We encourage participation in research that aims to make a real difference in the lives of people living with cardiomyopathy.
This could mean participating in a clinical trial, reviewing patient information leaflets, completing a questionnaire, or even taking part in a focus group. By involving people with cardiomyopathy in research, we can ensure the patient perspective is addressed and ensure project outcomes are patient-focused.
We are here to support you to take part in a wide range of high-quality research studies from universities, NHS Trusts, and other accredited research institutions. Take a look at the list of opportunities below and contact the researchers directly for more information about how to get involved. There are usually set criteria for taking part and some people may not always meet the criteria of the study.
More opportunities to take part in research can also be found through the NIHR Be Part of Research page. If you are keen to take part in a clinical trial for a new therapy, we suggest you discuss this with your Healthcare Professional before signing up. Further information on patient participation in research is available from NHS Choices.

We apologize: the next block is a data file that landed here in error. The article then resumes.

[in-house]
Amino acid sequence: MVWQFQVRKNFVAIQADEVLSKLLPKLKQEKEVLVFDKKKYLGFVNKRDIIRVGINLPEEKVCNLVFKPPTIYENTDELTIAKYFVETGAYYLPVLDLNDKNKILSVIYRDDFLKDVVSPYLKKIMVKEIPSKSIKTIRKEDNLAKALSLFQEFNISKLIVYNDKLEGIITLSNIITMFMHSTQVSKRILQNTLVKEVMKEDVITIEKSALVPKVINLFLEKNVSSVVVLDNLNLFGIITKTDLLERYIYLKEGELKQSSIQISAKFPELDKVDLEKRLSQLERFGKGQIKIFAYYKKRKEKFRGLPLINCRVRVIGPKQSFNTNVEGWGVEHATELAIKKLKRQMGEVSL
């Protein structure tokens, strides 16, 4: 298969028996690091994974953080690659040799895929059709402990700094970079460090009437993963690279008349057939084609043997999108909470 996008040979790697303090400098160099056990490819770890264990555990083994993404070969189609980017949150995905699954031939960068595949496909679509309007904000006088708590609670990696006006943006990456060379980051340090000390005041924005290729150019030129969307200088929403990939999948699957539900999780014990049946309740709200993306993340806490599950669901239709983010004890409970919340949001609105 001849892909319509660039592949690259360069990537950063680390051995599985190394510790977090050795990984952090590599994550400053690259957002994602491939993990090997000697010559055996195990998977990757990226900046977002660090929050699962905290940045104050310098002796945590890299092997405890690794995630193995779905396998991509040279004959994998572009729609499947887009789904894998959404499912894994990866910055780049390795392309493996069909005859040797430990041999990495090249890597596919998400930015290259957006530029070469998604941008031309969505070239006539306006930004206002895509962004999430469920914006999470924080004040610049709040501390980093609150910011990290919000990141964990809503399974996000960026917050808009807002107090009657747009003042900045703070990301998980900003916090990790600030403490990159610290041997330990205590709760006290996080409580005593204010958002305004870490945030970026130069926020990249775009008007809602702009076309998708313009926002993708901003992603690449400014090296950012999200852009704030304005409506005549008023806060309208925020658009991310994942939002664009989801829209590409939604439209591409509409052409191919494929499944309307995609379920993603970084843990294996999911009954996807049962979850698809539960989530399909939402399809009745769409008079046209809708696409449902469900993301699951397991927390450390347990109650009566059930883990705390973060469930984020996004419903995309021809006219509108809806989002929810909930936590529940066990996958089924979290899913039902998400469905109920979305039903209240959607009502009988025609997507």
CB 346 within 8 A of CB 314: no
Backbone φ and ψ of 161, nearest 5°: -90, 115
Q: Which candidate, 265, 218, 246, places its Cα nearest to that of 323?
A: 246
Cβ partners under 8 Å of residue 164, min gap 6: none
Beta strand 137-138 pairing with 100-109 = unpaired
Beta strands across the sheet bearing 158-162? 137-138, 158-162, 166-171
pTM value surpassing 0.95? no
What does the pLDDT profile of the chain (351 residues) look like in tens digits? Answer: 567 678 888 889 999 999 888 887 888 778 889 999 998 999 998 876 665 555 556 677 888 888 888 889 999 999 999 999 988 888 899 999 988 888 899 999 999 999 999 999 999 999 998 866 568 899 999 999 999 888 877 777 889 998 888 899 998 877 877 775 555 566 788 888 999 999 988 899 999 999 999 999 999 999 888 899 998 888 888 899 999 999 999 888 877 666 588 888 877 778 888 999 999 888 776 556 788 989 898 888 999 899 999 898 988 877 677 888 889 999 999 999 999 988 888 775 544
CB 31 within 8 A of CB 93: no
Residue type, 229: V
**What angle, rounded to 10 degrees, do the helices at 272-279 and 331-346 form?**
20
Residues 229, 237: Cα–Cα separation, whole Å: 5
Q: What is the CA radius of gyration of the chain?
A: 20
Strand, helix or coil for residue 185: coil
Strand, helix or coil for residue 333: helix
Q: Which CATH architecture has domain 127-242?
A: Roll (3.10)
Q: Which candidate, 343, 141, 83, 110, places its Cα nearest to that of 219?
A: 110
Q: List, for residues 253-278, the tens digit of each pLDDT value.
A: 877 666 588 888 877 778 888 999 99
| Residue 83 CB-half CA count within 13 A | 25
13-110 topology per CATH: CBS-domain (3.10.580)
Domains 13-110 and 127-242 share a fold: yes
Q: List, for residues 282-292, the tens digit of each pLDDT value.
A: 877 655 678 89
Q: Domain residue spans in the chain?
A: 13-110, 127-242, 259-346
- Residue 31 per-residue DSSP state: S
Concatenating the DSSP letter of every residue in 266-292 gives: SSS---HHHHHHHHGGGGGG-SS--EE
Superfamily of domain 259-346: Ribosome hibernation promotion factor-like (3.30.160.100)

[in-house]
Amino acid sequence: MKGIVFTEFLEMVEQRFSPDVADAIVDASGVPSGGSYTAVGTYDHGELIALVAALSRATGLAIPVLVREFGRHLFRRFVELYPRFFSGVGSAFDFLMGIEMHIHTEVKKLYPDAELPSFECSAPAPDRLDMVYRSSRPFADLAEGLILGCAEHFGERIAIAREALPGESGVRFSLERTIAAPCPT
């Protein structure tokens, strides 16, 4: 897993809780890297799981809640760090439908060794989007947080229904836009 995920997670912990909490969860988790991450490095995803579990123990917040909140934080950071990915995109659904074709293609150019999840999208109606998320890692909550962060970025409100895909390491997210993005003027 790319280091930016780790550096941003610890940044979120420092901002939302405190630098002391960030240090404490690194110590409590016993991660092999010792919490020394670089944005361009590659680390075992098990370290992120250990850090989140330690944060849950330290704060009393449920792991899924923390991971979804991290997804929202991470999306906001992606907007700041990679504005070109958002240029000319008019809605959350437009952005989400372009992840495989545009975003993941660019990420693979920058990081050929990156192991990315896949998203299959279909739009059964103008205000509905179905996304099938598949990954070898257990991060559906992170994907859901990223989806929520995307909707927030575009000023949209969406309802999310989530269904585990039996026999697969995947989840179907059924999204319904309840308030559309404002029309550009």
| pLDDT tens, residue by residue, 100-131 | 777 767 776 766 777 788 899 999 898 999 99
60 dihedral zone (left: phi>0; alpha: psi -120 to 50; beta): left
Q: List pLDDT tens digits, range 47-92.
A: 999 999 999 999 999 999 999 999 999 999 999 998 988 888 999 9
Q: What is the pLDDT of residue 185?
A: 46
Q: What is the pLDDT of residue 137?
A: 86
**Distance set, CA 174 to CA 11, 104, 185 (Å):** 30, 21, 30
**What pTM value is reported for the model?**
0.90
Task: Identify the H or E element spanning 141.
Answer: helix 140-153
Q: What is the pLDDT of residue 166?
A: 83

If you're a researcher looking for support with recruiting people with cardiomyopathy into your study, please email email@example.com.
Queen Mary University of London & Barts Health NHS Trust are looking for people age 18-85 with heart failure due to dilated cardiomyopathy for a trial of cell therapy (using your own cells taken from your bone marrow) to see if it will improve your heart failure symptoms.
Researchers at University Hospital Southampton NHS Foundation Trust/University of Southampton are looking to recruit patients for a new clinical trial called The BRITISH study. The study will look at the importance of implantable cardioverter defibrillators (ICDs) in treating cardiac arrest in people with non-ischaemic cardiomyopathy (NICM).
Researchers at Imperial College, University of London are leading a new study looking at improving diagnosis and treatment for people living with Dilated Cardiomyopathy (DCM).
Researchers at Imperial College London and the Royal Brompton Hospital are recruiting patients into a research study with a diagnosis of dilated cardiomyopathy, whose heart function remains impaired despite usual therapy.
Heart Hive is a new database for individuals who have shown an interest in participating in clinical trials and attempts to match people with researchers looking for trial participants.
MyClimb are looking for parents of children with paediatric cardiomyopathy. The study is designed to collect and evaluate information on the course of cardiomyopathy in children and adolescents with the MYBPC3 genetic mutation.